Key ingredients all there for another Evans triumph
Cadel Evans in the yellow jersey in the 2011 Tour de France (Courtesy BMC - Tim de Waele)
The pieces of the puzzle are gradually falling into place for Cadel Evans, who this week said he felt his BMC team for the Tour de France was stronger than the one which helped deliver him to the yellow jersey last year.
Five riders who rode alongside Evans in the 2011 Tour – Marcus Burghardt, George Hincapie, Amaël Moinard, Manuel Quinziato and Michael Schär – are returning as Evans goes for back-to-back wins in the world’s biggest cycling race.
Joining the five stalwarts and 35-year-old Australian are three riders new to BMC this year – Steve Cummings, Philippe Gilbert and Tejay van Garderen.
BMC sporting director John Lelangue has stressed that the team has one aim: “To defend Cadel’s title and lead him to the podium in Paris”.
Meanwhile, Evans himself said: “I now know that I can win and my race this year is almost identical to what I did last year. We’ll have a yet stronger team for this year’s Tour.”
The presence of Gilbert, however, suggests that BMC are entering the race with more than the “one aim” underlined by Lelangue. The Belgian was signed by the American-funded, Swiss-based team in the winter on the back of a stellar season at Lotto.
Gilbert’s arrival – alongside that of former world champion Thor Hushovd – showed BMC’s desire to improve their presence in the classics as well as compete for stage victories in races like the Tour de France.
“We want to have several cards to play,” BMC owner Andy Rhis told me back in January at the Tour Down Under. “We want to make the team more regular so that we’re not depending on just one person.”
Rhis underlined two key areas where BMC could improve – in the classics and winning stages. “We are not really a sprinter team but we want to win things. Thor and Philippe fitted well in this area because they can both win the classics and they can both win stages.”
So far, things have not gone according to plan. Neither rider has a win to his name after suffering to live up to the lofty expectation that came with such exacting contracts. That Hushovd, suffering with a virus, has been left out of the Tour squad would probably have been welcomed with open arms by Evans – but Gilbert’s role in this summer’s headline event remains to be seen.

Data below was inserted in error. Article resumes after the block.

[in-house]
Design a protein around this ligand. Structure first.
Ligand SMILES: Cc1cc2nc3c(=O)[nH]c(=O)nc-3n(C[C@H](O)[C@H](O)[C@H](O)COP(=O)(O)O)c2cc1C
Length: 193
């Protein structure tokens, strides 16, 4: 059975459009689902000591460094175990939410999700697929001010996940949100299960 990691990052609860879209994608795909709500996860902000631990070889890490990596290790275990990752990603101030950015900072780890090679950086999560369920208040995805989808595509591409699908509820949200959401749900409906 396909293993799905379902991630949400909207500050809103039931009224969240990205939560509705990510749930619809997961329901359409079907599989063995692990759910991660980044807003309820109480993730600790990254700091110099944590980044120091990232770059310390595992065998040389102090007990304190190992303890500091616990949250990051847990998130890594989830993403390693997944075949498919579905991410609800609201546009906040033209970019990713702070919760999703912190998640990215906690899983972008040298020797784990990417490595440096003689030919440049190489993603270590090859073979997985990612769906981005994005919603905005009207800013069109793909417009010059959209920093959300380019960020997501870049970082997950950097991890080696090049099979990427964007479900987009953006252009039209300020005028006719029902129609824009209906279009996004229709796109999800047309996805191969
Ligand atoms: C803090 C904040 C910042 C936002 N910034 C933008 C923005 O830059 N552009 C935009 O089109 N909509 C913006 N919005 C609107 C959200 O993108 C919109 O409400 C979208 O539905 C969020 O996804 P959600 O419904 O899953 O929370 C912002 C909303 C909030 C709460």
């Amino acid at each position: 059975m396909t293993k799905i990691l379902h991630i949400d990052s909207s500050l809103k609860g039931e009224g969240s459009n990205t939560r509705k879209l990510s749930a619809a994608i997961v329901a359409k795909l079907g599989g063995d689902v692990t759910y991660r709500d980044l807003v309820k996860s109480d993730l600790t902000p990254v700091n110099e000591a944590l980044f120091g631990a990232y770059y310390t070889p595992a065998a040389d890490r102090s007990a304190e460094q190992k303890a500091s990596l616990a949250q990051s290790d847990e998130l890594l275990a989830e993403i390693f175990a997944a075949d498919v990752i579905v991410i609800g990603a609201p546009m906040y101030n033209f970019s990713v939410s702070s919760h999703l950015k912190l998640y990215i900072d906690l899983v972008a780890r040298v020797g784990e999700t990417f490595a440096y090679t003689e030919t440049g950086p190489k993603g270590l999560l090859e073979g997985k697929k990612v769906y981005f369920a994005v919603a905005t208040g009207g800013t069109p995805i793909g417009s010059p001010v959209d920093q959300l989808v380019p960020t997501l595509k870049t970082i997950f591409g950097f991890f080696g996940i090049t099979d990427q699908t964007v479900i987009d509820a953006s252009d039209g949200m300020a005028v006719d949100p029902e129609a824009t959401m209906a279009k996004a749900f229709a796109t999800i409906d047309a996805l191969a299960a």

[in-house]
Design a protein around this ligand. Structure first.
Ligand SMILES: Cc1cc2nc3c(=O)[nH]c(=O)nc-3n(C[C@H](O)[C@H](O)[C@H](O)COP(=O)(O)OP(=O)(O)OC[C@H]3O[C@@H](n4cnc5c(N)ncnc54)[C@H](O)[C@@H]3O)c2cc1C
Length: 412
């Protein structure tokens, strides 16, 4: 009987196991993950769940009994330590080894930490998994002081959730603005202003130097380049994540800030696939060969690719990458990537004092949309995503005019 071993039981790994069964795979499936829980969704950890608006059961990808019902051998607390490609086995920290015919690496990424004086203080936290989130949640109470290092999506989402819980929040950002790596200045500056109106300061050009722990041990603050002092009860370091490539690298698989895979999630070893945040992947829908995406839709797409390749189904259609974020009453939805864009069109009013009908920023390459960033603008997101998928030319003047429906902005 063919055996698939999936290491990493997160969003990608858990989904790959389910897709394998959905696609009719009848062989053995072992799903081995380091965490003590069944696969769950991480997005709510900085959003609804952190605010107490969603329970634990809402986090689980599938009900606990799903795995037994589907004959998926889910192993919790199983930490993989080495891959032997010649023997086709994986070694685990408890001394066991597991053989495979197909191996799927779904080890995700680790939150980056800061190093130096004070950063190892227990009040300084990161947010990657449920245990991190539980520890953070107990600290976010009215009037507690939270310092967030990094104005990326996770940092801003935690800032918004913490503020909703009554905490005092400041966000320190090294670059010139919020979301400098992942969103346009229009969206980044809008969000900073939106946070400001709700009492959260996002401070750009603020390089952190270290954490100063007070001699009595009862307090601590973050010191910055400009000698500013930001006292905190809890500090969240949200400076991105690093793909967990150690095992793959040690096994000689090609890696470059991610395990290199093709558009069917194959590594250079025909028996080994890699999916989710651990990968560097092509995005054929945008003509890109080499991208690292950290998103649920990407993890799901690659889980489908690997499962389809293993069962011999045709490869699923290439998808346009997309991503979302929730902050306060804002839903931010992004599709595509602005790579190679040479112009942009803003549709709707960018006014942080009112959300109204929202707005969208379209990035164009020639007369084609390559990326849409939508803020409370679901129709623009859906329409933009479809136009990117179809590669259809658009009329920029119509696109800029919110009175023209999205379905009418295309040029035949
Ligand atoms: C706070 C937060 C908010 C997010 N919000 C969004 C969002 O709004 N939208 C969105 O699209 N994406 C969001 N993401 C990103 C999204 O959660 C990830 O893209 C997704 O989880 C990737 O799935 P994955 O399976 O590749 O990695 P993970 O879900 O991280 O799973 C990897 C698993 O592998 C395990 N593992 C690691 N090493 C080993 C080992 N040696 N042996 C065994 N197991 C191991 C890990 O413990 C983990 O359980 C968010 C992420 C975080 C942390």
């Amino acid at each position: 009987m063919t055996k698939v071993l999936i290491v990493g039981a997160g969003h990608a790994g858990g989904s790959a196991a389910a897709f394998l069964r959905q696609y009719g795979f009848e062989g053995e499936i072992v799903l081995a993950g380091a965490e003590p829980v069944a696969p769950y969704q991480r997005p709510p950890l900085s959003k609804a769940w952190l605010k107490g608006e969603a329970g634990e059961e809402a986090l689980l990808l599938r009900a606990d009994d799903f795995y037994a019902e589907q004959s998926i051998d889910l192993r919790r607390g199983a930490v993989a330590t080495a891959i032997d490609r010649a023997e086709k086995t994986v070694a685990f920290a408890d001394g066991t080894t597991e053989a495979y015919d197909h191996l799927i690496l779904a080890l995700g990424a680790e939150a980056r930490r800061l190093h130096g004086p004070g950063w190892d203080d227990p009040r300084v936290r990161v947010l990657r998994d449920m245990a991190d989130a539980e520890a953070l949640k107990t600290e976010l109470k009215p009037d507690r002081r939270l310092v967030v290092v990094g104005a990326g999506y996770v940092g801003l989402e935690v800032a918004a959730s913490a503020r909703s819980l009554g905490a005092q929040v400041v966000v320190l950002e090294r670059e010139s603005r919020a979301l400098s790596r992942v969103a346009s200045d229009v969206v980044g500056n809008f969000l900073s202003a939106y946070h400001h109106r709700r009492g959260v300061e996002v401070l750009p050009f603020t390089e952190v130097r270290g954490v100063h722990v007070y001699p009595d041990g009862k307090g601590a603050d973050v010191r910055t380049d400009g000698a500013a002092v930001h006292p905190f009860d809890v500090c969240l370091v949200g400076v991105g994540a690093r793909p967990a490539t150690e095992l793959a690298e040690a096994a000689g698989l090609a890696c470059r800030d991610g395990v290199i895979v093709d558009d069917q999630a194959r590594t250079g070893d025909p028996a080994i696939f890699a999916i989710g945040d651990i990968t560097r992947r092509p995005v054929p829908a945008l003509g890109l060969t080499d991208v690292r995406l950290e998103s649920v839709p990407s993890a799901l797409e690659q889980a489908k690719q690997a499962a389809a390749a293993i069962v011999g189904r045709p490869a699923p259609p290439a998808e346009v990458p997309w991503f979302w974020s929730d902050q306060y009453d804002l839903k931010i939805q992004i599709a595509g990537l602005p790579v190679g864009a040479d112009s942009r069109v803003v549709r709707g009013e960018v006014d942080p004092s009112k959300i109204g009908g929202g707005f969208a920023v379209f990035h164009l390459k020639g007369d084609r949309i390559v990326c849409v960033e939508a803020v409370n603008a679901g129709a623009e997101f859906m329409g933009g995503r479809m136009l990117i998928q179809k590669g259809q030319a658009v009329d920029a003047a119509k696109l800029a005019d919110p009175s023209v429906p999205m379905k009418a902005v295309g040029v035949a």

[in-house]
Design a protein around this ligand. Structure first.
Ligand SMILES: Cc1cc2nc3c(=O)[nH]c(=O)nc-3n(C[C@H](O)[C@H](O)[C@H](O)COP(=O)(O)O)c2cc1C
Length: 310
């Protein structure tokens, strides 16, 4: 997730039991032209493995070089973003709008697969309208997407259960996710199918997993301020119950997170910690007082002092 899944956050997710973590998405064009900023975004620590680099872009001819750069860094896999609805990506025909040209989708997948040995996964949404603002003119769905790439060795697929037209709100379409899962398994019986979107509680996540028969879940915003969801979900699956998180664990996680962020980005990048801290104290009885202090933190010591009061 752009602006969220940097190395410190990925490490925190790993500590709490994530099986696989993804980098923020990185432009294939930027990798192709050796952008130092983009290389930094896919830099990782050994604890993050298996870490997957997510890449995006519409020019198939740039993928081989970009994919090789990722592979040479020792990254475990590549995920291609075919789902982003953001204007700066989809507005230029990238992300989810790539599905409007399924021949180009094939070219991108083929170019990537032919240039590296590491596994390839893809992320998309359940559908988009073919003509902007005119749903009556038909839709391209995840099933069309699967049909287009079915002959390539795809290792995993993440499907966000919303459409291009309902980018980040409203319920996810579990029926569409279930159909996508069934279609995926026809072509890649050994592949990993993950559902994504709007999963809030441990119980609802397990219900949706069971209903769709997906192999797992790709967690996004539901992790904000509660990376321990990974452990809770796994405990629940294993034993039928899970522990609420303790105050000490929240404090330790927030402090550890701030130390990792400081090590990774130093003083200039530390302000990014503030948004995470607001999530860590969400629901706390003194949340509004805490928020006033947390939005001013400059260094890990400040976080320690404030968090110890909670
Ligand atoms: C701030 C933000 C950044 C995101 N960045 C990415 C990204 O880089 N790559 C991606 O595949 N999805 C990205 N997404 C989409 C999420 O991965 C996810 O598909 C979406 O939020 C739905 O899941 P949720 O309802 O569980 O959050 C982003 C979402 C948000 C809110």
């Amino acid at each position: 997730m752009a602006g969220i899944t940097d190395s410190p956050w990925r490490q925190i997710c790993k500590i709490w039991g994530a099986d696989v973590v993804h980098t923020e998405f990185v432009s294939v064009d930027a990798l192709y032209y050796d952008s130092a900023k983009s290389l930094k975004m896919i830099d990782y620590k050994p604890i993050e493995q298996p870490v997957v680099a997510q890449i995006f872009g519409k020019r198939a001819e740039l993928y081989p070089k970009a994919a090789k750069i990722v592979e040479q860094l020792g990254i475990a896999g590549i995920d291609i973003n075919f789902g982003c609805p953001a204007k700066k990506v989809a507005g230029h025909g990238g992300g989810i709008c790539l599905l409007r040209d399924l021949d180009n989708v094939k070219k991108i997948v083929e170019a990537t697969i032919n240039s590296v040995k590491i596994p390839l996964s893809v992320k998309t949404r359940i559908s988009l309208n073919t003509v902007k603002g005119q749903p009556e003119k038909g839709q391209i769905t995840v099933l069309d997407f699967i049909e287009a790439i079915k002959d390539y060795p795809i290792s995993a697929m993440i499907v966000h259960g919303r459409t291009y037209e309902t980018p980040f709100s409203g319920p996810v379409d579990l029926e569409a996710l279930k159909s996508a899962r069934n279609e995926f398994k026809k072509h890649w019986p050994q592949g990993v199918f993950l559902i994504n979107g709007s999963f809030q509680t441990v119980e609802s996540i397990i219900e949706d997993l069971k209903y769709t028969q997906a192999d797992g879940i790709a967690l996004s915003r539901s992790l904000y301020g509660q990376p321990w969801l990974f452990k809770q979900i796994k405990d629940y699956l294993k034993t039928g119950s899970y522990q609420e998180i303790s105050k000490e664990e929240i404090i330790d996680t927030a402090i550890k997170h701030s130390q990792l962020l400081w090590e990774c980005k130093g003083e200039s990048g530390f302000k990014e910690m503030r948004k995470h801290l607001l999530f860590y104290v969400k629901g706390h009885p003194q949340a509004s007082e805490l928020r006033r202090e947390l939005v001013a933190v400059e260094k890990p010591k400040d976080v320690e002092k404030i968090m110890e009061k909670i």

Winner of the opening stage of last year’s Tour, it’s hard to see Gilbert put aside his personal ambitions in service of Evans for the entire duration of the race.
An alleged fractious relationship between the pair was said to be behind Evans’s decision to leave Lotto three years ago – but not much should be read into this. Evans left simply to be part of a team pretty much entirely built around him and with the aim of winning the Tour – something he achieved with such tactical precision, collective spirit and individual expertise last July.
As Rhis also said back in January: “Cadel is not chasing the GC from the first day, so there will be scope [for stage wins].”
To understand the true strengths of the BMC roster, you have to compare it to that of the team belonging to Evans’s principal rival, Bradley Wiggins.
Team Sky have been on blistering form all season, delivering Wiggins to three stage race titles (Tour of Romandie, Paris-Nice and the Dauphiné) while seeing the likes of Mark Cavendish and Edvald Boasson Hagen pick up myriad stage wins along the way.
Norway’s Boasson Hagen, winner of two stages in last year’s Tour, is a rider not dissimilar to Gilbert – and despite both Sky and BMC focused on snaring the yellow jersey, you would think these two explosive riders will have their chances.